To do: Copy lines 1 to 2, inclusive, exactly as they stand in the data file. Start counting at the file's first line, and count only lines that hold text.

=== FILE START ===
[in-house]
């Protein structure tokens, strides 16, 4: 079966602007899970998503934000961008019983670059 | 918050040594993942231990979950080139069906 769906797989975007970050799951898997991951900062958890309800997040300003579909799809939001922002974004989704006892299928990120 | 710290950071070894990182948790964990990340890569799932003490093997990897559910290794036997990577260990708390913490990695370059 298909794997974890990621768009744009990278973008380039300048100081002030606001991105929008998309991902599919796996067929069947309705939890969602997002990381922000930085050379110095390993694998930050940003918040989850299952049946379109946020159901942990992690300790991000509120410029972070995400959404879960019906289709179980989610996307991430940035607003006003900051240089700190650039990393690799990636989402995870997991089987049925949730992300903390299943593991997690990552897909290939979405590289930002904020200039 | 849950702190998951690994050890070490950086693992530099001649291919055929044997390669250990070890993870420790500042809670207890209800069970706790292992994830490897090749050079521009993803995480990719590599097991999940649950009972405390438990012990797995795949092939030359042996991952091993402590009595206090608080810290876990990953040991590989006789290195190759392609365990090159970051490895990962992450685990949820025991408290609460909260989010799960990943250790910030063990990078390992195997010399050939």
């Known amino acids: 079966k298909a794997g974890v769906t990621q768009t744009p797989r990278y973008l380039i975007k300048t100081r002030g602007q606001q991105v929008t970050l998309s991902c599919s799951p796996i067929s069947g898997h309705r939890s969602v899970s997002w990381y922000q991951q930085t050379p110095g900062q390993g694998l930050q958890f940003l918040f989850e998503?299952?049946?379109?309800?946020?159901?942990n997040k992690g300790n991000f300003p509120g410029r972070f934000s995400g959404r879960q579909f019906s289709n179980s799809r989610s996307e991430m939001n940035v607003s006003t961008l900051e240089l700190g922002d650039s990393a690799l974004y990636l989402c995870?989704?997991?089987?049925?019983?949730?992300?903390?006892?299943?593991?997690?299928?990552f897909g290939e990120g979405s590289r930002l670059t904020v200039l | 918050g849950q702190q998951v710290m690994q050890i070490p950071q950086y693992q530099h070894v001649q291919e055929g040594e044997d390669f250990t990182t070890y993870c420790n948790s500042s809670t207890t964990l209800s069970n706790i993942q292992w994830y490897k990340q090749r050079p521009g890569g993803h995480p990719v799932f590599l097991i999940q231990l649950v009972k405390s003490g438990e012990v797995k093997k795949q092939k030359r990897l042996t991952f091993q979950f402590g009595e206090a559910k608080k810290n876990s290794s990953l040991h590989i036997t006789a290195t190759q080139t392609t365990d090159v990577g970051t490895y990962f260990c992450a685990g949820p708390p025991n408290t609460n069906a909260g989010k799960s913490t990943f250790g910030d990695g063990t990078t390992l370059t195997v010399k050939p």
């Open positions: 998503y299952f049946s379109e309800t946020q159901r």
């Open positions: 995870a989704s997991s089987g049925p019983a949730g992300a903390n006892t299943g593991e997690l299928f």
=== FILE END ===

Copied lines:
[in-house]
């Protein structure tokens, strides 16, 4: 079966602007899970998503934000961008019983670059 | 918050040594993942231990979950080139069906 769906797989975007970050799951898997991951900062958890309800997040300003579909799809939001922002974004989704006892299928990120 | 710290950071070894990182948790964990990340890569799932003490093997990897559910290794036997990577260990708390913490990695370059 298909794997974890990621768009744009990278973008380039300048100081002030606001991105929008998309991902599919796996067929069947309705939890969602997002990381922000930085050379110095390993694998930050940003918040989850299952049946379109946020159901942990992690300790991000509120410029972070995400959404879960019906289709179980989610996307991430940035607003006003900051240089700190650039990393690799990636989402995870997991089987049925949730992300903390299943593991997690990552897909290939979405590289930002904020200039 | 849950702190998951690994050890070490950086693992530099001649291919055929044997390669250990070890993870420790500042809670207890209800069970706790292992994830490897090749050079521009993803995480990719590599097991999940649950009972405390438990012990797995795949092939030359042996991952091993402590009595206090608080810290876990990953040991590989006789290195190759392609365990090159970051490895990962992450685990949820025991408290609460909260989010799960990943250790910030063990990078390992195997010399050939």